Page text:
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Interfacially-Adsorbed Particles Enhance the Self-Propulsion of Oil Droplets in Aqueous Surfactant
preprintsubmitted on 19.12.2020, 01:03 and posted on 21.12.2020, 10:54 by Seong Ik Cheon, Leonardo Batista Capaverde Silva, Aditya Khair, Lauren Zarzar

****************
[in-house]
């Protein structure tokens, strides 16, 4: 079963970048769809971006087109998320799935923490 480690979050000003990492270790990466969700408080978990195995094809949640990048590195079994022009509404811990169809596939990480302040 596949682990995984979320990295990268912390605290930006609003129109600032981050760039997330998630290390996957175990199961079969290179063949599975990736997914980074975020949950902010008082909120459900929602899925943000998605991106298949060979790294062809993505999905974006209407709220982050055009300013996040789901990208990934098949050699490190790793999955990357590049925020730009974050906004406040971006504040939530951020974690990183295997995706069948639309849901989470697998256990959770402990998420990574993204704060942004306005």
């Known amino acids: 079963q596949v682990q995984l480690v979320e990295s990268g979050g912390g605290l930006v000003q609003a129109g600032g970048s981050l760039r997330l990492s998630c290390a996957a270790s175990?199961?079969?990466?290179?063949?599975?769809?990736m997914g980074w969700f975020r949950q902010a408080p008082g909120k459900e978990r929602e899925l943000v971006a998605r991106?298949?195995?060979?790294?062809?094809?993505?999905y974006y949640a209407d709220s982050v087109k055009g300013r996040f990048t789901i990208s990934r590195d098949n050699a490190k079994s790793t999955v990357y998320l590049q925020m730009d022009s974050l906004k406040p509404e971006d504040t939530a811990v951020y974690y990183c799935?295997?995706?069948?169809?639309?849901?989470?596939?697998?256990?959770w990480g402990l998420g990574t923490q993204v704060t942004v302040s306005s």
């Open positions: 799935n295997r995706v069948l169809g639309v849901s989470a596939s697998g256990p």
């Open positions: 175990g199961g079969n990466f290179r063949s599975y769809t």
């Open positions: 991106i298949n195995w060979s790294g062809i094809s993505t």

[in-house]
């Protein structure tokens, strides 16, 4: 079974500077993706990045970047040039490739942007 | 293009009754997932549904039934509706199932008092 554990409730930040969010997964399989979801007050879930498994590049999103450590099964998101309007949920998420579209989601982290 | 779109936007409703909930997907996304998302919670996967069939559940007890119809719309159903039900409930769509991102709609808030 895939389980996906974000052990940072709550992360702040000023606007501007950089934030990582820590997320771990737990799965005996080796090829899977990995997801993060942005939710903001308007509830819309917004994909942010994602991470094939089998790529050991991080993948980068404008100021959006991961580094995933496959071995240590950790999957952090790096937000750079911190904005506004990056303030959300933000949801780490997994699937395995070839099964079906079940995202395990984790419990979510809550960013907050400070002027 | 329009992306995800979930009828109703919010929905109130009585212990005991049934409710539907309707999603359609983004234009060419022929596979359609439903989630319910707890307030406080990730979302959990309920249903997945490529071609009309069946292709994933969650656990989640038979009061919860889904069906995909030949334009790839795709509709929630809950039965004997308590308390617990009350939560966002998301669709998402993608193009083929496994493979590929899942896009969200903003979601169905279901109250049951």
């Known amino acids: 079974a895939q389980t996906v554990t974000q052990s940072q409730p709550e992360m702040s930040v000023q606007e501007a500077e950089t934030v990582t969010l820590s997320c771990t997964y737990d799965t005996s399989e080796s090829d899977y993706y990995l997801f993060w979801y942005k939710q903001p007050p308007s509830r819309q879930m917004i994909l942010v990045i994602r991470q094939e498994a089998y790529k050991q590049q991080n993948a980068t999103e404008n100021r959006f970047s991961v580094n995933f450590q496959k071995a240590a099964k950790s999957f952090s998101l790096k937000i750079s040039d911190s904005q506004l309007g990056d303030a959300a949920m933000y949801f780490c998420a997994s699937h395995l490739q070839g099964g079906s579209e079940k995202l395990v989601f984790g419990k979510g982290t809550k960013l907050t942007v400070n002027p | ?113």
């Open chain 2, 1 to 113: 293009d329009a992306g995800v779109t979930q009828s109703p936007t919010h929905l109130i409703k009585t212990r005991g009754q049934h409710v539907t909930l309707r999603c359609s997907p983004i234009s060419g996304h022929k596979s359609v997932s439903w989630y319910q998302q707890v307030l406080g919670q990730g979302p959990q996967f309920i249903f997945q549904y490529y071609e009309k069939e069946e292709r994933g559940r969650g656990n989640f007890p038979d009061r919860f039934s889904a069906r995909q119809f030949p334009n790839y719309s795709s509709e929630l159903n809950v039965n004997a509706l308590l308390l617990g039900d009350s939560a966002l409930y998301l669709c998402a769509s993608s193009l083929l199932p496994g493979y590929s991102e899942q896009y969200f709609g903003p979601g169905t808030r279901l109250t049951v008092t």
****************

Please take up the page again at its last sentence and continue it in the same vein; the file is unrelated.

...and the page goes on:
We have demonstrated that adsorption of silica nanoparticles at the interface of a solubilizing oil droplet in surfactant solution can significantly accelerate the droplets’ self-propulsion speed. Using fluorescent particle visualization, we correlated the degree of particle surface coverage on bromodecane droplets to the droplet speed in TX surfactant. Slowest speeds were found at the lowest and highest surface coverages and the fastest speeds were achieved at intermediate surface coverages of about 40%. The particle-assisted propulsion acceleration was further demonstrated in nonionic, anionic, and cationic surfactants and a range of oils with varying solubilization rates. We propose that particles at the droplet interface hinder solubilization by displacing oil-water interfacial area, providing asymmetry in the distribution of oil-filled micelles along the droplet surface and accelerating Marangoni flow. We describe a fluid-mechanical model to rationalize the effect of the particles by considering the effect of a non-symmetrical distribution of solubilized oil at the droplet surface. Approaches by which to modulate the distribution of solubilization across droplet interfaces may provide a facile route to tuning active colloid speeds and dynamics.